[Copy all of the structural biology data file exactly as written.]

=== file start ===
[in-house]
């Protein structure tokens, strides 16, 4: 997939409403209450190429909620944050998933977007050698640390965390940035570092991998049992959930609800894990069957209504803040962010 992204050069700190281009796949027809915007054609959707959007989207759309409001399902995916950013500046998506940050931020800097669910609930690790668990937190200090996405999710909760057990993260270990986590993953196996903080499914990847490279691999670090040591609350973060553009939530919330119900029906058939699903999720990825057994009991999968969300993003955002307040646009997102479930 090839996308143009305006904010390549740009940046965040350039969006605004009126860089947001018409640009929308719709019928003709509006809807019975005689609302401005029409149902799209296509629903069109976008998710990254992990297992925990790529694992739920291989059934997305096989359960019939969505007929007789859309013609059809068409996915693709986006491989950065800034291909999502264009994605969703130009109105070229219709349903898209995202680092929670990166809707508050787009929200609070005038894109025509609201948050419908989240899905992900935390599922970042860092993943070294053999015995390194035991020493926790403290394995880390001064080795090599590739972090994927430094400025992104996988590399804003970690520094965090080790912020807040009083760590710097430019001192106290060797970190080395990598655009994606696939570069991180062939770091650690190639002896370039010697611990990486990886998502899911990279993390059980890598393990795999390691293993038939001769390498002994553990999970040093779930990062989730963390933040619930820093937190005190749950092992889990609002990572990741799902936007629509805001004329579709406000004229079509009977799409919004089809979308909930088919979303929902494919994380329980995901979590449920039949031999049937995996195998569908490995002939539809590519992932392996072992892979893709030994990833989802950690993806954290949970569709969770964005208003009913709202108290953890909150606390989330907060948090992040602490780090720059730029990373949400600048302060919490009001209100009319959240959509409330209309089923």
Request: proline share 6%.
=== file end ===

[in-house]
């Protein structure tokens, strides 16, 4: 997939409403209450190429909620944050998933977007050698640390965390940035570092991998049992959930609800894990069957209504803040962010 992204050069700190281009796949027809915007054609959707959007989207759309409001399902995916950013500046998506940050931020800097669910609930690790668990937190200090996405999710909760057990993260270990986590993953196996903080499914990847490279691999670090040591609350973060553009939530919330119900029906058939699903999720990825057994009991999968969300993003955002307040646009997102479930 090839996308143009305006904010390549740009940046965040350039969006605004009126860089947001018409640009929308719709019928003709509006809807019975005689609302401005029409149902799209296509629903069109976008998710990254992990297992925990790529694992739920291989059934997305096989359960019939969505007929007789859309013609059809068409996915693709986006491989950065800034291909999502264009994605969703130009109105070229219709349903898209995202680092929670990166809707508050787009929200609070005038894109025509609201948050419908989240899905992900935390599922970042860092993943070294053999015995390194035991020493926790403290394995880390001064080795090599590739972090994927430094400025992104996988590399804003970690520094965090080790912020807040009083760590710097430019001192106290060797970190080395990598655009994606696939570069991180062939770091650690190639002896370039010697611990990486990886998502899911990279993390059980890598393990795999390691293993038939001769390498002994553990999970040093779930990062989730963390933040619930820093937190005190749950092992889990609002990572990741799902936007629509805001004329579709406000004229079509009977799409919004089809979308909930088919979303929902494919994380329980995901979590449920039949031999049937995996195998569908490995002939539809590519992932392996072992892979893709030994990833989802950690993806954290949970569709969770964005208003009913709202108290953890909150606390989330907060948090992040602490780090720059730029990373949400600048302060919490009001209100009319959240959509409330209309089923």
Request: proline share 6%.